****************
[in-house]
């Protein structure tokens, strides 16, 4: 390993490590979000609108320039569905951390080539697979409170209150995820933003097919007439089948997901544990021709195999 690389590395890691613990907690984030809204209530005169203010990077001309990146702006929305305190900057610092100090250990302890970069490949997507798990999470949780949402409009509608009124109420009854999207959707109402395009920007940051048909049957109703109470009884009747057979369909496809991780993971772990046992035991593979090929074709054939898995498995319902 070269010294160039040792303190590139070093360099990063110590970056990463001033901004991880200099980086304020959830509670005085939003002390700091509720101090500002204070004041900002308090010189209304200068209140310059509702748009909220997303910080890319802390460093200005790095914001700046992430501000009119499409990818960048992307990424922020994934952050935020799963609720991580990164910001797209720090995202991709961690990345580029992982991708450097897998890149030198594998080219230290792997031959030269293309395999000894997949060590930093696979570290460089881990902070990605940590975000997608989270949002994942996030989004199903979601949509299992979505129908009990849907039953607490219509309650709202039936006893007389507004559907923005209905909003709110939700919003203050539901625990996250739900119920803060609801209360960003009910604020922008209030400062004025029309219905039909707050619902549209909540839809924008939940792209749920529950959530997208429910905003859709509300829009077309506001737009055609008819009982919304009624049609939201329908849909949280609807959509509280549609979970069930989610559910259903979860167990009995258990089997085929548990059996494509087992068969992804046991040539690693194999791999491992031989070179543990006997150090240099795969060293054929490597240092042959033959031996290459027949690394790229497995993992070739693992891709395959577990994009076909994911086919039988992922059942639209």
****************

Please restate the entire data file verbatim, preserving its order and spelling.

[in-house]
């Protein structure tokens, strides 16, 4: 390993490590979000609108320039569905951390080539697979409170209150995820933003097919007439089948997901544990021709195999 690389590395890691613990907690984030809204209530005169203010990077001309990146702006929305305190900057610092100090250990302890970069490949997507798990999470949780949402409009509608009124109420009854999207959707109402395009920007940051048909049957109703109470009884009747057979369909496809991780993971772990046992035991593979090929074709054939898995498995319902 070269010294160039040792303190590139070093360099990063110590970056990463001033901004991880200099980086304020959830509670005085939003002390700091509720101090500002204070004041900002308090010189209304200068209140310059509702748009909220997303910080890319802390460093200005790095914001700046992430501000009119499409990818960048992307990424922020994934952050935020799963609720991580990164910001797209720090995202991709961690990345580029992982991708450097897998890149030198594998080219230290792997031959030269293309395999000894997949060590930093696979570290460089881990902070990605940590975000997608989270949002994942996030989004199903979601949509299992979505129908009990849907039953607490219509309650709202039936006893007389507004559907923005209905909003709110939700919003203050539901625990996250739900119920803060609801209360960003009910604020922008209030400062004025029309219905039909707050619902549209909540839809924008939940792209749920529950959530997208429910905003859709509300829009077309506001737009055609008819009982919304009624049609939201329908849909949280609807959509509280549609979970069930989610559910259903979860167990009995258990089997085929548990059996494509087992068969992804046991040539690693194999791999491992031989070179543990006997150090240099795969060293054929490597240092042959033959031996290459027949690394790229497995993992070739693992891709395959577990994009076909994911086919039988992922059942639209």